2. I’m so tired of anyone using BABIP as a “good luck” “bad luck” thing. When you throw the ball where you want as a pitcher, they are going to have a lower line drive % and thus a lower BABIP generally speaking. When you don’t throw it where you want, it will be high because the hitter can crush it and even hit it where THEY want. This has nothing to do with luck, it has to do with command and well…..talent. Especially if you aren’t a flamethrower. DUH!

    • There’s some truth to this – but not nearly as much as some people might think. A few career BABIP figures for a random group of top pitchers with great stuff/command:

      Gerrit Cole .309
      Roy Oswalt .301
      Steve Strasburg .300
      Max Scherzer .296
      AJ Burnett .295
      CC Sabathia .295
      Roy Halladay .292
      Jeff Locker .292
      Randy Johnson .291
      Justin Verlander .289
      Roger Clemens .284
      Greg Maddux .281
      Johan Santana .276
      Clayton Kershaw .271

      So certain pitchers may be able to get outs on 2-3 more batted balls out of every hundred, as compared to the average pitcher. That equates to maybe one per game. But many of the top pitchers in recent MLB history haven’t done any better than Locke. Note that Locke’s BABIP is better than the average of Cole, Oswalt, Strasburg, Scherzer, Burnett, Sabathia, Halladay, Randy Johnson, and Verlander.

      • You are skewing my point. All those pitchers are high strikeout pitchers. You have to compare Jeff Locke’s BABIP to other “control” pitchers, not other strikout pitchers. Take away any pitcher whom averaged more than 7K’s/9 innings and what do you have left?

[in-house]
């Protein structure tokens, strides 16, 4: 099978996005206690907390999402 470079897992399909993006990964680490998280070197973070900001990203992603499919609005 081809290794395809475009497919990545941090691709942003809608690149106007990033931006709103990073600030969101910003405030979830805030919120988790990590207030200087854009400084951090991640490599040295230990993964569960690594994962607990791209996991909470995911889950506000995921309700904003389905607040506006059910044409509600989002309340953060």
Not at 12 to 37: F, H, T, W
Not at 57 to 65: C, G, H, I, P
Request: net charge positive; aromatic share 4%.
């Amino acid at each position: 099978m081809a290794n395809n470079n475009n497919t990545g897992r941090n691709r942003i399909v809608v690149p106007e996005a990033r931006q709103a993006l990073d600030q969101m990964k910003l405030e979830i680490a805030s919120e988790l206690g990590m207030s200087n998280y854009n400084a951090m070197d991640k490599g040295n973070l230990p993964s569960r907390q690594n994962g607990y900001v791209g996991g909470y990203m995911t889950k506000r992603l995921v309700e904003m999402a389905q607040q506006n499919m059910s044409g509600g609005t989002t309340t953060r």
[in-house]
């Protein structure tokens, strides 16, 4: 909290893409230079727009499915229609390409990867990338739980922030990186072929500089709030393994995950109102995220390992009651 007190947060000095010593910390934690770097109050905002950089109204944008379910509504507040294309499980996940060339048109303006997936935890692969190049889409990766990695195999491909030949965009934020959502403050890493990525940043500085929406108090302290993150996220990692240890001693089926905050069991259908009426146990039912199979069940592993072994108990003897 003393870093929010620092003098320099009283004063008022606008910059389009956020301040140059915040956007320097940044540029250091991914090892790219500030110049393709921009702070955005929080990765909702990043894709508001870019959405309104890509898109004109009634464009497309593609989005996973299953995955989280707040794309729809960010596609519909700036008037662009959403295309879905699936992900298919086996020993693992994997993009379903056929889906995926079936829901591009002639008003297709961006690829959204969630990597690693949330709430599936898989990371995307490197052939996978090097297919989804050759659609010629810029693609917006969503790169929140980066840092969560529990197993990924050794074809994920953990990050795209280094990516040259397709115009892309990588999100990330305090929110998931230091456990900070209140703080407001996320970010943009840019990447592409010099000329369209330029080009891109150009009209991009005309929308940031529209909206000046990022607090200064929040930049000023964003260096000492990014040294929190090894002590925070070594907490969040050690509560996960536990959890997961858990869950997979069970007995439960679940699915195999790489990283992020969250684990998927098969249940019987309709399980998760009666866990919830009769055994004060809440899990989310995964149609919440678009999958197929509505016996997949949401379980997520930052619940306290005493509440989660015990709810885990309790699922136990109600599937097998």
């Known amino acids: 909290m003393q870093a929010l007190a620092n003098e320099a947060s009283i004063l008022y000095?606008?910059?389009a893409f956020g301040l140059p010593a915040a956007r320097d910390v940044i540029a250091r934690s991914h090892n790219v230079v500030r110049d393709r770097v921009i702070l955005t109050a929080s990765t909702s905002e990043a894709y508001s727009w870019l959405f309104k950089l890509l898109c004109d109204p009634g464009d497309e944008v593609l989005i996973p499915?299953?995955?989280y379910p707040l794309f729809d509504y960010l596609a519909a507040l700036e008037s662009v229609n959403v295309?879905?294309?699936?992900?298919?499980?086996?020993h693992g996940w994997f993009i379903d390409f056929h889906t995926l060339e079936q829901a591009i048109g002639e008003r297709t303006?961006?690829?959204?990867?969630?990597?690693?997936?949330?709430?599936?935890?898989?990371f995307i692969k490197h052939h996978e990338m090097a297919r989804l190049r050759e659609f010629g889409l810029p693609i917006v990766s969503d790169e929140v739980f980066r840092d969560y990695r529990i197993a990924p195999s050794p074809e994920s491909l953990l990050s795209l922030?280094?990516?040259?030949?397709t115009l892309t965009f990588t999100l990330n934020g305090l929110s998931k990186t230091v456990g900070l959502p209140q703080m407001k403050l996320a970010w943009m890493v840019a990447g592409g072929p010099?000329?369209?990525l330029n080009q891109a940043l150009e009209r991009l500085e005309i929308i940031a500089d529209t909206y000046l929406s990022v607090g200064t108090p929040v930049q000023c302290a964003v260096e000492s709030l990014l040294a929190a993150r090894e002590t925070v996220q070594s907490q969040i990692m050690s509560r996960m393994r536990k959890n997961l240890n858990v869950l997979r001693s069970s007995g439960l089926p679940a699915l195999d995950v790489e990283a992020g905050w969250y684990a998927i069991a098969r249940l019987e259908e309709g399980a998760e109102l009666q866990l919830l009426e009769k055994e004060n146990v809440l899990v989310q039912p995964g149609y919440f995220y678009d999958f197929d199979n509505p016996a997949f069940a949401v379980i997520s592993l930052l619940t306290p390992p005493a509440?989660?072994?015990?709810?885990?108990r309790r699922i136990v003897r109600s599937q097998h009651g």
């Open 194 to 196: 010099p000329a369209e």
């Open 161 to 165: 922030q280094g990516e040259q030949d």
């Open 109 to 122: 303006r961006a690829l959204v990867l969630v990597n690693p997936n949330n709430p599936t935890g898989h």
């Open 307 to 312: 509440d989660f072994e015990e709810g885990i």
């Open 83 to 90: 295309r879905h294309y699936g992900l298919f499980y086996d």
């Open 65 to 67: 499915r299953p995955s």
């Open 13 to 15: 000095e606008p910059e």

3. Jeff Locke has made 14 starts. In 4 of those starts, he has given up 32 runs in 17 IP, a horrid 16.94 ERA.

    In his other 10 starts, he has tossed 65.2 IP and given up 18 runs, a 2.48 ERA.

    In other words, in almost 3/4 of his starts, Jeffy pitches like a #1 starter!

    Amazing.

    • When Locke stays outside of the middle of the plate AND gets the proper calls he can be very effective. When he is not doing that and throws his off speed offerings down the middle it is painful to watch.

  4. Even factoring in last night and Miami Locke has been horrid per his peripherals. Asked Tim about Ray changing his delivery and why he dropped the curve for the slider/slurve. He had decent results with curve, makes no sense to me

  5. Who would have thought, considering how the Cubs humiliated them in Chicago, that the Pirates would beat Bumgartner with Locke pitching? And Kratz with a HR? Maybe the Giants thought they could just show up and win? Anyway, it was good and suprising win, but I still don’t want Kratz on the roster or Locke in the rotation….

  6. I wouldn’t be the only one to say how this was the weirdest win of the year but I thought it was hysterical! When Locke gave up that double in the 7th, I thought it was funny w Hurdle flying out of the dugout to take him out of the game only for everyone to realize Mad Bum was at the plate w 2 outs! ALSO Mad Bum will be haunted w that Kratz HR. Hahah!!!

  7. This was the ultimate Can’t Predict Basbeall game. Locke out-duels Bumgarner with the lone run supplied by Erik freaking Kratz.